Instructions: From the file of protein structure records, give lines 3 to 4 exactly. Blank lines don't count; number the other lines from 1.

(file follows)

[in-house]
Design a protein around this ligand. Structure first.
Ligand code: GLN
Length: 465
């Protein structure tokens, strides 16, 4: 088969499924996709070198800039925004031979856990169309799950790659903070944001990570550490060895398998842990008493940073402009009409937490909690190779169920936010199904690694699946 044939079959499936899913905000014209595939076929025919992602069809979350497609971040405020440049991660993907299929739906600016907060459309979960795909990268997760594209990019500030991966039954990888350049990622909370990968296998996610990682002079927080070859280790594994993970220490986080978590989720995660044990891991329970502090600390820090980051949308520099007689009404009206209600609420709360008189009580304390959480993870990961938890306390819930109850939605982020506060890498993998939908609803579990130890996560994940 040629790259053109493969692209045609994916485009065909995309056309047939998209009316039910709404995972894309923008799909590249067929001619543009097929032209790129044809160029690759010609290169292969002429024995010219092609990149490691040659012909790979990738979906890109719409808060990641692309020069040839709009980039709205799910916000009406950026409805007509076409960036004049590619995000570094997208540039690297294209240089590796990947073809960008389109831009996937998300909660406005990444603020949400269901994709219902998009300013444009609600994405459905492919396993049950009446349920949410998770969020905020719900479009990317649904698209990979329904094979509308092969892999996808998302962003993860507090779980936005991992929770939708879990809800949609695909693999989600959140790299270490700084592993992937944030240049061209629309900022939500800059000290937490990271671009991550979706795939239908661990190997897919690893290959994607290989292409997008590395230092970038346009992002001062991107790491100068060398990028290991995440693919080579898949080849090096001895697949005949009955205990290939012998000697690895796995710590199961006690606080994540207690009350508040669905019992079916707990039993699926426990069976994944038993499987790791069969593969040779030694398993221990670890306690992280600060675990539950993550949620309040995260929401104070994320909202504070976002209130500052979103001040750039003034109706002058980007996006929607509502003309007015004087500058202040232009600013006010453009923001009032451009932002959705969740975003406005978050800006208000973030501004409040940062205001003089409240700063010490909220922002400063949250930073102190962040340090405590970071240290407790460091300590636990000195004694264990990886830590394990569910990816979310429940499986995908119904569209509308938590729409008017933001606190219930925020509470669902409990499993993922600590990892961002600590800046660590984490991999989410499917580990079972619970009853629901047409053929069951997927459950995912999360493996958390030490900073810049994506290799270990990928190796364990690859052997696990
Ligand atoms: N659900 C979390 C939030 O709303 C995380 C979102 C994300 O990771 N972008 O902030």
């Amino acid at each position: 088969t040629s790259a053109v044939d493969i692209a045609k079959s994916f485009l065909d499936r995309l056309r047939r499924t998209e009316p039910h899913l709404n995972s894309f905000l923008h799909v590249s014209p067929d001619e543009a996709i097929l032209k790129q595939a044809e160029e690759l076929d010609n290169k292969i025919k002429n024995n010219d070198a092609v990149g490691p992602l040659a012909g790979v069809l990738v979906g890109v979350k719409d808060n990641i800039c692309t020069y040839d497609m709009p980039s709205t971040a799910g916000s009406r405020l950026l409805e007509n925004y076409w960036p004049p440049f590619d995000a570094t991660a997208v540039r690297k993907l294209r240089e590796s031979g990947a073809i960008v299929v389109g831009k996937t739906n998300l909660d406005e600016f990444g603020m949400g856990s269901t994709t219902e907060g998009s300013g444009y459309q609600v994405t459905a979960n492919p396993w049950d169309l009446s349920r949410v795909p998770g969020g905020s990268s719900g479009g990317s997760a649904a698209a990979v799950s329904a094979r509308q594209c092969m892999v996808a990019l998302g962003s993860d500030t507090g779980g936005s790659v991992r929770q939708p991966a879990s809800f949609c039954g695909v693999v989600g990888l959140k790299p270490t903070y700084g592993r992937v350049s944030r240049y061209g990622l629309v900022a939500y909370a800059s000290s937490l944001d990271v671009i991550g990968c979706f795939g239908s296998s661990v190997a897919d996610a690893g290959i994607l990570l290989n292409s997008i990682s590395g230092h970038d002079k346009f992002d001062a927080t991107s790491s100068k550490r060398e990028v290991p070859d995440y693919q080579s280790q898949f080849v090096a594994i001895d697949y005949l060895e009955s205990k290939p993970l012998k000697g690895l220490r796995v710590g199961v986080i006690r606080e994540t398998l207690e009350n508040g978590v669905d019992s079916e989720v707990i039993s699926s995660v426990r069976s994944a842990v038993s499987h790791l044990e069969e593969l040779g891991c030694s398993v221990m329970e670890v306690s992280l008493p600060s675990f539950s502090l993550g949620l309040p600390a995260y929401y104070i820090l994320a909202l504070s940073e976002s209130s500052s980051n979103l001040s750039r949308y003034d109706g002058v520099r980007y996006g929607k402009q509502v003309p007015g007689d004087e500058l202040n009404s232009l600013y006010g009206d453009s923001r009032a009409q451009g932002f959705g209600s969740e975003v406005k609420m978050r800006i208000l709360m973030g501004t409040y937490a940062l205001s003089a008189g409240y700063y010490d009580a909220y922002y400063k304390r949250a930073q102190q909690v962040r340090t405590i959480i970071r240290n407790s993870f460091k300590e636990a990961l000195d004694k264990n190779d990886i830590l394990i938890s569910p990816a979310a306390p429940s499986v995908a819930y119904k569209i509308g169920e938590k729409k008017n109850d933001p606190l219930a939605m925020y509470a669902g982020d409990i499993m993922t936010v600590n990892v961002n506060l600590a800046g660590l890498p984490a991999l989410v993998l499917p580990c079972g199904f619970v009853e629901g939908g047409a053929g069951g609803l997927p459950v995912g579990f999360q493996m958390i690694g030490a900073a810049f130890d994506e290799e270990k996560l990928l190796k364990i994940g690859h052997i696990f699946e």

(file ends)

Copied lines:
Ligand code: GLN
Length: 465